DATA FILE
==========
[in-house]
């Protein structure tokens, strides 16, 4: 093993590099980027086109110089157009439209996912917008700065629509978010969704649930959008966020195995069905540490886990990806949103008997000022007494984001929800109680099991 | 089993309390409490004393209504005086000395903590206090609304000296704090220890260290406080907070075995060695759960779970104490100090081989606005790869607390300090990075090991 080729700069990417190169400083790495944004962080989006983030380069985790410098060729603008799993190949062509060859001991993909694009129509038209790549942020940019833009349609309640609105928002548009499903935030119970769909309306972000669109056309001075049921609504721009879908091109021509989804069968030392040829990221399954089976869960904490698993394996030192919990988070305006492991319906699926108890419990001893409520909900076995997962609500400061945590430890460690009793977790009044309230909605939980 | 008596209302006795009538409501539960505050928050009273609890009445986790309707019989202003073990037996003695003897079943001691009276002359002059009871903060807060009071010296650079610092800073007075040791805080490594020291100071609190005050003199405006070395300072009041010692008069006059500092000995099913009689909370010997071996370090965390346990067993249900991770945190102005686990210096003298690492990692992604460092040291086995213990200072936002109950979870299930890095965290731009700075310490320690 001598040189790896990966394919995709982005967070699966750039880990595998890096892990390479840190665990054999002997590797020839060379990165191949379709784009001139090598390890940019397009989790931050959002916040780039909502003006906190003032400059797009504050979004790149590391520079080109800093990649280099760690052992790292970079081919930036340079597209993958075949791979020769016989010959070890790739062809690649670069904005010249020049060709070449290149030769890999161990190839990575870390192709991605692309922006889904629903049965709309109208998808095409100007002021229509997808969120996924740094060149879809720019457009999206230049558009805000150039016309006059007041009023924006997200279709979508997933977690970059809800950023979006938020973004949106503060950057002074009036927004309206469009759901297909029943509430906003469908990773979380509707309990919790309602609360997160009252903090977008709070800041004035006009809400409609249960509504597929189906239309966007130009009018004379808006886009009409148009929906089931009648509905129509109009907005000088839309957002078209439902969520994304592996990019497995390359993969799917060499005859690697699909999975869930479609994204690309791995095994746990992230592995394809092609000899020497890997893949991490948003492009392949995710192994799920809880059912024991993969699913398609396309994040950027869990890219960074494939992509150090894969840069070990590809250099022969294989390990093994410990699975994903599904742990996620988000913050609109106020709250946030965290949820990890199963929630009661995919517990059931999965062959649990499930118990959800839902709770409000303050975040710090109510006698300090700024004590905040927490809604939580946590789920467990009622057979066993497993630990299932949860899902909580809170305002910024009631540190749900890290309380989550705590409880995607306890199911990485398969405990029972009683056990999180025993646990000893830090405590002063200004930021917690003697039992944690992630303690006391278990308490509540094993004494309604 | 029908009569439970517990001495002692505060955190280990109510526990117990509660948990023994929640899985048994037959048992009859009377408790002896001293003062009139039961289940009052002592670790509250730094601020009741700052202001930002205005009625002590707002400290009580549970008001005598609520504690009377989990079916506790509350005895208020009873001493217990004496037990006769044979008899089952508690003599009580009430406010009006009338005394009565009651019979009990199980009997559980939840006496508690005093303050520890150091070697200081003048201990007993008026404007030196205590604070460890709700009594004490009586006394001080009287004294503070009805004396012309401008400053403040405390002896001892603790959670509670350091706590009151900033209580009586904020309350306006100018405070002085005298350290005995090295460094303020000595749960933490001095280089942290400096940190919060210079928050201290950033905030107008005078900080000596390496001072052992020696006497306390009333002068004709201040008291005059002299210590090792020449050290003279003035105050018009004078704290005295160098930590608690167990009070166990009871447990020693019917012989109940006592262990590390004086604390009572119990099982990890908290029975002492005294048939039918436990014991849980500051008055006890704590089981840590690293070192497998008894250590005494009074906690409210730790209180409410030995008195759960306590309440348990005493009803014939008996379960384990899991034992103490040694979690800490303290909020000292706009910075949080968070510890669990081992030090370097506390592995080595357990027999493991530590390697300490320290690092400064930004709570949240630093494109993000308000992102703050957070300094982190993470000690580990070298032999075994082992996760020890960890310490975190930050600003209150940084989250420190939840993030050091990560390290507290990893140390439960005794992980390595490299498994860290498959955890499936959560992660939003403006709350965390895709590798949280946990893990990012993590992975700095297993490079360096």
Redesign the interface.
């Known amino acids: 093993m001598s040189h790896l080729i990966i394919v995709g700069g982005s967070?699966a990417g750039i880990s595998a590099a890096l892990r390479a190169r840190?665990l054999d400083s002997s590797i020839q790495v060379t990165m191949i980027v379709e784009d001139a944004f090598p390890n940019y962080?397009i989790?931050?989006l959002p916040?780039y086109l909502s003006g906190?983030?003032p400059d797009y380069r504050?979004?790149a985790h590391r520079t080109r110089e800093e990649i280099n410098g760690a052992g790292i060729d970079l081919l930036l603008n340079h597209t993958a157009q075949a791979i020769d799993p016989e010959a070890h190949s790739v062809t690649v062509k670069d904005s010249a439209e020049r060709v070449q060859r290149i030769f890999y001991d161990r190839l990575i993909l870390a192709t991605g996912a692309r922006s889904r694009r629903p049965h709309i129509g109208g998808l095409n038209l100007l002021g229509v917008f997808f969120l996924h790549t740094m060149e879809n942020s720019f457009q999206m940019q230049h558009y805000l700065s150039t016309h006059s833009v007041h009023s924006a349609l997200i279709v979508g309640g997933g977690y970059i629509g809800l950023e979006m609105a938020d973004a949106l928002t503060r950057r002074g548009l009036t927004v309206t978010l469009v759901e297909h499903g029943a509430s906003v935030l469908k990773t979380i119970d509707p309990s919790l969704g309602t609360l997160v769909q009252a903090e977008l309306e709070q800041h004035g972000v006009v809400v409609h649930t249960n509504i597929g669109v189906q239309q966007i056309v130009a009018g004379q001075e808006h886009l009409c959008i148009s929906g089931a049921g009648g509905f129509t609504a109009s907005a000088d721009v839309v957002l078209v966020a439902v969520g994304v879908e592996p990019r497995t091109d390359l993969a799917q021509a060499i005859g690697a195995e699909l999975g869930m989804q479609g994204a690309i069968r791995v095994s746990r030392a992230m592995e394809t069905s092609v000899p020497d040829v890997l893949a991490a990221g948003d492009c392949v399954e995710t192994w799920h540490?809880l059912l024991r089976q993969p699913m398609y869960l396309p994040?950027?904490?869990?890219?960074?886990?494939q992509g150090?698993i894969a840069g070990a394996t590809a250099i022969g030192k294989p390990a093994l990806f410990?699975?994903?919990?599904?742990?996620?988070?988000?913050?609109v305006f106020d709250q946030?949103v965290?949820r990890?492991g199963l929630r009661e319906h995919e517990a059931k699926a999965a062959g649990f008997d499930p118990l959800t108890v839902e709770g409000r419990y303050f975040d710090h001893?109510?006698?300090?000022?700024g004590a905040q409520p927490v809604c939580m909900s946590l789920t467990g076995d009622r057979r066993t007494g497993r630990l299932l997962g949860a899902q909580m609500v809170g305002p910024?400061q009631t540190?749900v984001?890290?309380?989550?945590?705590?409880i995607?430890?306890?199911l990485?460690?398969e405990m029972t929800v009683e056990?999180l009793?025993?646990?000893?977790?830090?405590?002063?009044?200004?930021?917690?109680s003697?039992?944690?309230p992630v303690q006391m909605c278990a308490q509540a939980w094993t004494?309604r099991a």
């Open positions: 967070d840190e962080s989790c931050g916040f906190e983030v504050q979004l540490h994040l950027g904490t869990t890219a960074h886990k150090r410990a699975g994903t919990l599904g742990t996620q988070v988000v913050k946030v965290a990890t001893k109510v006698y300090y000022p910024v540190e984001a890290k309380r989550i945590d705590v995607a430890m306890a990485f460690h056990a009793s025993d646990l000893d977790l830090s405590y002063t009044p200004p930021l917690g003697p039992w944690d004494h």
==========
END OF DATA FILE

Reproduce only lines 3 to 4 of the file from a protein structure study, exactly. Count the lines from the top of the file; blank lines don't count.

Redesign the interface.
């Known amino acids: 093993m001598s040189h790896l080729i990966i394919v995709g700069g982005s967070?699966a990417g750039i880990s595998a590099a890096l892990r390479a190169r840190?665990l054999d400083s002997s590797i020839q790495v060379t990165m191949i980027v379709e784009d001139a944004f090598p390890n940019y962080?397009i989790?931050?989006l959002p916040?780039y086109l909502s003006g906190?983030?003032p400059d797009y380069r504050?979004?790149a985790h590391r520079t080109r110089e800093e990649i280099n410098g760690a052992g790292i060729d970079l081919l930036l603008n340079h597209t993958a157009q075949a791979i020769d799993p016989e010959a070890h190949s790739v062809t690649v062509k670069d904005s010249a439209e020049r060709v070449q060859r290149i030769f890999y001991d161990r190839l990575i993909l870390a192709t991605g996912a692309r922006s889904r694009r629903p049965h709309i129509g109208g998808l095409n038209l100007l002021g229509v917008f997808f969120l996924h790549t740094m060149e879809n942020s720019f457009q999206m940019q230049h558009y805000l700065s150039t016309h006059s833009v007041h009023s924006a349609l997200i279709v979508g309640g997933g977690y970059i629509g809800l950023e979006m609105a938020d973004a949106l928002t503060r950057r002074g548009l009036t927004v309206t978010l469009v759901e297909h499903g029943a509430s906003v935030l469908k990773t979380i119970d509707p309990s919790l969704g309602t609360l997160v769909q009252a903090e977008l309306e709070q800041h004035g972000v006009v809400v409609h649930t249960n509504i597929g669109v189906q239309q966007i056309v130009a009018g004379q001075e808006h886009l009409c959008i148009s929906g089931a049921g009648g509905f129509t609504a109009s907005a000088d721009v839309v957002l078209v966020a439902v969520g994304v879908e592996p990019r497995t091109d390359l993969a799917q021509a060499i005859g690697a195995e699909l999975g869930m989804q479609g994204a690309i069968r791995v095994s746990r030392a992230m592995e394809t069905s092609v000899p020497d040829v890997l893949a991490a990221g948003d492009c392949v399954e995710t192994w799920h540490?809880l059912l024991r089976q993969p699913m398609y869960l396309p994040?950027?904490?869990?890219?960074?886990?494939q992509g150090?698993i894969a840069g070990a394996t590809a250099i022969g030192k294989p390990a093994l990806f410990?699975?994903?919990?599904?742990?996620?988070?988000?913050?609109v305006f106020d709250q946030?949103v965290?949820r990890?492991g199963l929630r009661e319906h995919e517990a059931k699926a999965a062959g649990f008997d499930p118990l959800t108890v839902e709770g409000r419990y303050f975040d710090h001893?109510?006698?300090?000022?700024g004590a905040q409520p927490v809604c939580m909900s946590l789920t467990g076995d009622r057979r066993t007494g497993r630990l299932l997962g949860a899902q909580m609500v809170g305002p910024?400061q009631t540190?749900v984001?890290?309380?989550?945590?705590?409880i995607?430890?306890?199911l990485?460690?398969e405990m029972t929800v009683e056990?999180l009793?025993?646990?000893?977790?830090?405590?002063?009044?200004?930021?917690?109680s003697?039992?944690?309230p992630v303690q006391m909605c278990a308490q509540a939980w094993t004494?309604r099991a």